Whether the referendum decision leaves you delirious or down in the doldrums, there is this overarching sense of intrigue as to just what will happen next. This fundamental shift in the world of British politics has everyone on a knife edge, and in some ways our club sits in a very similar predicament.
When you look back with hindsight at the changes that were made post Steve Bruce and Martin O’Neill’s poor reigns, it’s not hard to see that disaster merely lay in wait. While Bruce and O’Neill were by no means successful in their tenures, the backroom introductions after their exit signalled a shift in attitude. Margaret Byrne’s infamous appointment as club chief executive and the creation of the ill-fated role of Director of Football were both serious flaws in Ellis Short’s vision for the club. Both roles drained the club’s resources whilst offering nothing productive in exchange.
Grumbling after grumbling arose until after three escapes under three different managers, the powers that be decided that the emerging cacophony was unbearable and the time for change was now. In came Sam Allardyce as manager rather than head coach, in charge of comings and goings, nobody to bicker with over potential transfers and negotiations. Soon after Byrne was gone, recently replaced by the more experienced, yet somewhat mysterious, Martin Bain.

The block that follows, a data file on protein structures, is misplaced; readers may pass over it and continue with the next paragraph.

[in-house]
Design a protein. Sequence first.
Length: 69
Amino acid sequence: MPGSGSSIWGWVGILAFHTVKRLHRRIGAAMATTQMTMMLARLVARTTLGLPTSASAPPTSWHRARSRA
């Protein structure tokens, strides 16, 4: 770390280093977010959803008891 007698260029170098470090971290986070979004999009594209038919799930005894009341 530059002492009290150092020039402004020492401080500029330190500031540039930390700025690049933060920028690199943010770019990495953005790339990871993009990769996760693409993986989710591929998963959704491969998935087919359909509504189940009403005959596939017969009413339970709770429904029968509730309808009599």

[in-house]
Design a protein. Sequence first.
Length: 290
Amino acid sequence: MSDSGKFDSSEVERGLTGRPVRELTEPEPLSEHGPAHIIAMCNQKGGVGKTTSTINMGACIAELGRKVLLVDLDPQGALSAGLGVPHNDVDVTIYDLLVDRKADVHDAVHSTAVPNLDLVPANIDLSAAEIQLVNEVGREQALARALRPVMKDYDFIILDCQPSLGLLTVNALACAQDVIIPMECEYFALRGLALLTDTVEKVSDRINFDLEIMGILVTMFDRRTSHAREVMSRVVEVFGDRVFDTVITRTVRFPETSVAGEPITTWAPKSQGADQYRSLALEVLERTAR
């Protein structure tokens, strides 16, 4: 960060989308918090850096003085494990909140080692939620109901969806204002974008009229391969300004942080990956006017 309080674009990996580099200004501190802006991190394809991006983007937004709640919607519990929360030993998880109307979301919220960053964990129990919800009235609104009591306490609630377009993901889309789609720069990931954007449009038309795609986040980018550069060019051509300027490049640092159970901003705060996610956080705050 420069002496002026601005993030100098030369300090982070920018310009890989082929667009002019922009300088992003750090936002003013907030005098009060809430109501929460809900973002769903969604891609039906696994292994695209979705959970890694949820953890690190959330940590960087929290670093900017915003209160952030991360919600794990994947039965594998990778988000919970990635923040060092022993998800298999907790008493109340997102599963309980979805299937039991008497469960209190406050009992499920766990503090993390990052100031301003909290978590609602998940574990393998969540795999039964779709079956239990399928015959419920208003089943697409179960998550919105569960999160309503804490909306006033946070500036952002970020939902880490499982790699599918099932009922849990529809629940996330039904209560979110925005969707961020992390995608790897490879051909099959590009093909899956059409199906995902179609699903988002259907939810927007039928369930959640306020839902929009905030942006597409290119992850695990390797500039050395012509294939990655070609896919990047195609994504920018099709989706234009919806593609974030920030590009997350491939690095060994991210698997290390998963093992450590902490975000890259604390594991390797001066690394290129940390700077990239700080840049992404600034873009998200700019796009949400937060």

The question that remains, however, is whether or not Big Sam now guarantees some level of success, a break from the continuous cycle of relegation battle after relegation battle? It’s a question I’ve been pondering for a while now, and unfortunately, much like the effects of the Brexit, there’s still no clear cut answer. Sunderland’s annual flirt with the Prexit is still a contentious issue.
Year after year I’ve sat in this exact same position hoping beyond hope that things have finally calmed down, that normality and mid-table obscurity will bless the Mackem faithful. Yet for the last several years normality has skirted our club and turmoil has reigned supreme. Einstein once said, "Insanity: doing the same thing over and over again and expecting different results." I thought Poyet could do it, then I hoped Advocaat could continue his impressive foray and now I sit here pleading with the forces that be to let Allardyce be successful, I can’t handle another year of Prexit debate.
During the Brexit debate and over the course of discussions on Sunderland’s future I’ve had a plethora of people on my Facebook stream who at some point in the last six months completed a Masters and PhD in politics, economics and anthropology. I’ve seen either side of the divide deride one another for their opinions whilst offering their own concrete conclusions on just what exactly will happen. Unfortunately though, none of us own a crystal ball and none of us can, with total certainty, predict just what will happen.
And so, I sit again pondering the fate that this season has in store for my beloved club. Again social media tells me that we’re going to be fine, that this is the dawn of something new and exciting, but I’m afraid that the recent past has changed me. I sit here now a demi-cynic, unable to fully buy into the claims of a definitive change for the better whilst the feeling of anticipation that simmers in my stomach. A better future? One can hope.